Angry protests have erupted on the Yemeni island of Socotra after the United Arab Emirates deployed four military aircraft and more than 100 troops to the famed UNESCO World Heritage Site.
Residents told Al Jazeera that the four Emirati aircraft arrived illegally on the island on Wednesday in an attempt to intimidate officials from the internationally recognised government who were making a rare visit to the archipelago.
Hundreds of Yemenis had come out to welcome Ahmed bin Daghr, Yemeni prime minister, and 10 of his ministers and to denounced the UAE’s presence on the island.
Videos posted on social media showed protesters chanting slogans in support of President Abd-Rabbu Mansour Hadi and a unified Yemen.
Residents told Al Jazeera that the crowds were angry after reports emerged that Emirati forces had expelled Yemeni soldiers assigned to protect the main island’s airport.
سقطرى تهتف لليمن بحضور ابن دغر.
شعب نبيل،يعاني ويهتف لوطنه.
بالله عليكم مثل هذا الجمهور ألا يستحق أن تكونوا معه؟
إنه يبحث عنكم.
عودوا إليه. pic.twitter.com/VqUzzW6pcL
— Dr Mohammed Jumeh (@MJumeh) May 2, 2018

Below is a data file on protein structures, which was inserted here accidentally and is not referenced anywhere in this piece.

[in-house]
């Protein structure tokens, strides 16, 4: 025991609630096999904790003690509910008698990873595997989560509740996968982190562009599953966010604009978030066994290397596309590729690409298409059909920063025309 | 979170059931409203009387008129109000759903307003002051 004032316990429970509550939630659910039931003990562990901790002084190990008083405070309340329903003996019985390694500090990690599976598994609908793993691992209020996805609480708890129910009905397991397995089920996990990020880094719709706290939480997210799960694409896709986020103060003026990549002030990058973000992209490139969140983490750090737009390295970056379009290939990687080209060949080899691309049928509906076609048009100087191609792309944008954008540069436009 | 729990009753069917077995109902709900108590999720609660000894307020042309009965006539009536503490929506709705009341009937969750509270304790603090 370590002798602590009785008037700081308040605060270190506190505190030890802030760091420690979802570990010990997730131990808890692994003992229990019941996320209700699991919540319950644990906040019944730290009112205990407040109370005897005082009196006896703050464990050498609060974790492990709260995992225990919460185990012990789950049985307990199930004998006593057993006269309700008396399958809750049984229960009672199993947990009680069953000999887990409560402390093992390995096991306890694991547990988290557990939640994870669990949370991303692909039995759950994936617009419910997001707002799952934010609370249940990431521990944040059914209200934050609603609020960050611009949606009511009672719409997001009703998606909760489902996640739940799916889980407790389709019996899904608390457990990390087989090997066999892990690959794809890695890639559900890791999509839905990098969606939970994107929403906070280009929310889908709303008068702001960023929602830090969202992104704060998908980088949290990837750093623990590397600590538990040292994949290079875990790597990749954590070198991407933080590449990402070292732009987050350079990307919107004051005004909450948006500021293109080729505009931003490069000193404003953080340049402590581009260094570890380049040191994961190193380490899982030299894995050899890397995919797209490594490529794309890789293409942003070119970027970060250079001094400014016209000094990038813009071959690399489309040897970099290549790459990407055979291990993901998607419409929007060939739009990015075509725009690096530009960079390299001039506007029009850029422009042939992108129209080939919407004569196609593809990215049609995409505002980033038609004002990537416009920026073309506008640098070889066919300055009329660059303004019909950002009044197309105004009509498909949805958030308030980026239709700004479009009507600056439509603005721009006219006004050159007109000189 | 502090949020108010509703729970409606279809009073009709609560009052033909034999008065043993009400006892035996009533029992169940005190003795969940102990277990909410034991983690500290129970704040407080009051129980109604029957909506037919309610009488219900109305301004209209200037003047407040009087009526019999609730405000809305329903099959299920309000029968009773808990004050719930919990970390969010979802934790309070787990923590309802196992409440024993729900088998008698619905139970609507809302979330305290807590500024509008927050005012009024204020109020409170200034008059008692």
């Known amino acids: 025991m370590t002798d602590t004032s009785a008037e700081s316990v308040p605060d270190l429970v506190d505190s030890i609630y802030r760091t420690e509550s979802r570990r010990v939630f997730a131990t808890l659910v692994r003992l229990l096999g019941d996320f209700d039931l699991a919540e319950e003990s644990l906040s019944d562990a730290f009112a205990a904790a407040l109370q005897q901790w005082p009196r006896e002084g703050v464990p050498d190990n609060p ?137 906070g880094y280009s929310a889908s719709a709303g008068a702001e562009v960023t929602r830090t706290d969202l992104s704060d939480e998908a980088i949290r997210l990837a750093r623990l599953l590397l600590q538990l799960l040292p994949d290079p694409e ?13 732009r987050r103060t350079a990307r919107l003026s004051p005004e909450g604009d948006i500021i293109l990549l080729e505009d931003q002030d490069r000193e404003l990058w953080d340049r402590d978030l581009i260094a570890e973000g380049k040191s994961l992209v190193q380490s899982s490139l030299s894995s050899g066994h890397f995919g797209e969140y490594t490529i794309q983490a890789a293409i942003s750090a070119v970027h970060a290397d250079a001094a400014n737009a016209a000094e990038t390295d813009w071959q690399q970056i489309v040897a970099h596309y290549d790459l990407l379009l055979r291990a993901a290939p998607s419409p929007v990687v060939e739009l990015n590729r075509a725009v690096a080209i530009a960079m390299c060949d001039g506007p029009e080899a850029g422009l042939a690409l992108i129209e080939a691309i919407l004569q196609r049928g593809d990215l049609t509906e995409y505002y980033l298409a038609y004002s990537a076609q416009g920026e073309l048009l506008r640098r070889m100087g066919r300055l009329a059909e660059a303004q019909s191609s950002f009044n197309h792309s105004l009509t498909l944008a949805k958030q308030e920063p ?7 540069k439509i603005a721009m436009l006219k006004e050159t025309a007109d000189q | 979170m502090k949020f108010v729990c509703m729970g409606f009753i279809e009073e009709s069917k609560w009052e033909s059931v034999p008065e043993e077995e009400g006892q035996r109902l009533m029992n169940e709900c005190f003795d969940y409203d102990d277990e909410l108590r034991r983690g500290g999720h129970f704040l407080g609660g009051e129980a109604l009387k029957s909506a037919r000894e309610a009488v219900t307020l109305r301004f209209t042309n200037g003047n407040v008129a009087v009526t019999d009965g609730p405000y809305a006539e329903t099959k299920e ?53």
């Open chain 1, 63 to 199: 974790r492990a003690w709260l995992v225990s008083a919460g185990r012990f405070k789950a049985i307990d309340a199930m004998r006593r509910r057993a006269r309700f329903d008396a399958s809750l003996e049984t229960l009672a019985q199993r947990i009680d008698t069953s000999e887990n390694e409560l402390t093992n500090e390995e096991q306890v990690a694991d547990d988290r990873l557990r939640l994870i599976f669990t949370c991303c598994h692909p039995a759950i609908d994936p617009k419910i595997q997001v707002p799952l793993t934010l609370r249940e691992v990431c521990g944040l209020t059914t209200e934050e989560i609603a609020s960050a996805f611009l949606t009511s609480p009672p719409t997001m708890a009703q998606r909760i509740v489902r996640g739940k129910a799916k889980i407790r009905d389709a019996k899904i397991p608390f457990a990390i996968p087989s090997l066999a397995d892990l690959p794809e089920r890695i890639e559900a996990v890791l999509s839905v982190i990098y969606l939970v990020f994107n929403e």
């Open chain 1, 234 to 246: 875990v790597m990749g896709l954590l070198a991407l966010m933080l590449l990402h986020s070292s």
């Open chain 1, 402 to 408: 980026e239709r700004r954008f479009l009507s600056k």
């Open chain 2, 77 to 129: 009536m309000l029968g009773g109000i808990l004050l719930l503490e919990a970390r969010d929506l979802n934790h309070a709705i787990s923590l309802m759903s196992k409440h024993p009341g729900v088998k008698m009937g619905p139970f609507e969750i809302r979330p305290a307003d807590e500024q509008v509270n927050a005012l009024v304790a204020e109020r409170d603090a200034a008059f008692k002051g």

Located due east of the Horn of Africa in the Arabian Sea, the island of 60,000 people, which is known for its unique flora and fauna, has been administered by Yemen for much of the last two centuries.
But since the UAE entered Yemen’s war in March 2015 as part of a Saudi-led coalition seeking to remove Houthi rebels, Abu Dhabi has exploited the security vacuum and tried to gain a foothold in the strategically placed island.
The UAE has confirmed carrying out military operations on Socotra, with local media reporting that the UAE had leased Socotra and the nearby Abd al-Kuri island for 99 years.
The flag of the UAE and images of Crown Prince Mohammed bin Zayed Al Nahyan adorn official buildings and busy thoroughfares.
According to Human Rights Watch, Abu Dhabi has financed and trained a network of militias that only answer to it, set up prisons, and created a security establishment parallel to Hadi’s government.
Earlier this year, Yemen’s tourism ministry warned that the UAE had tried to convince islanders “to vote on a referendum of self-determination”, calling it a “dangerous step.”
Andreas Krieg, an academic at King’s College London, said the latest developments in Socotra were part of a much larger strategy to consolidate power in southern Yemen.
“The UAE see themselves, or want to see themselves in the future, as the link between the east and the west.
“It’s very important for them to control trade links which mostly go through the suez canal and the Bab al-Mandeb Strait between Yemen and the Horn of Africa.
“What they’ve done is found an island that is very strategically located, acts as a quasi-aircraft carrier in the middle of the Indian ocean and where they can control traffic while giving favourable access to countries that are related to them.”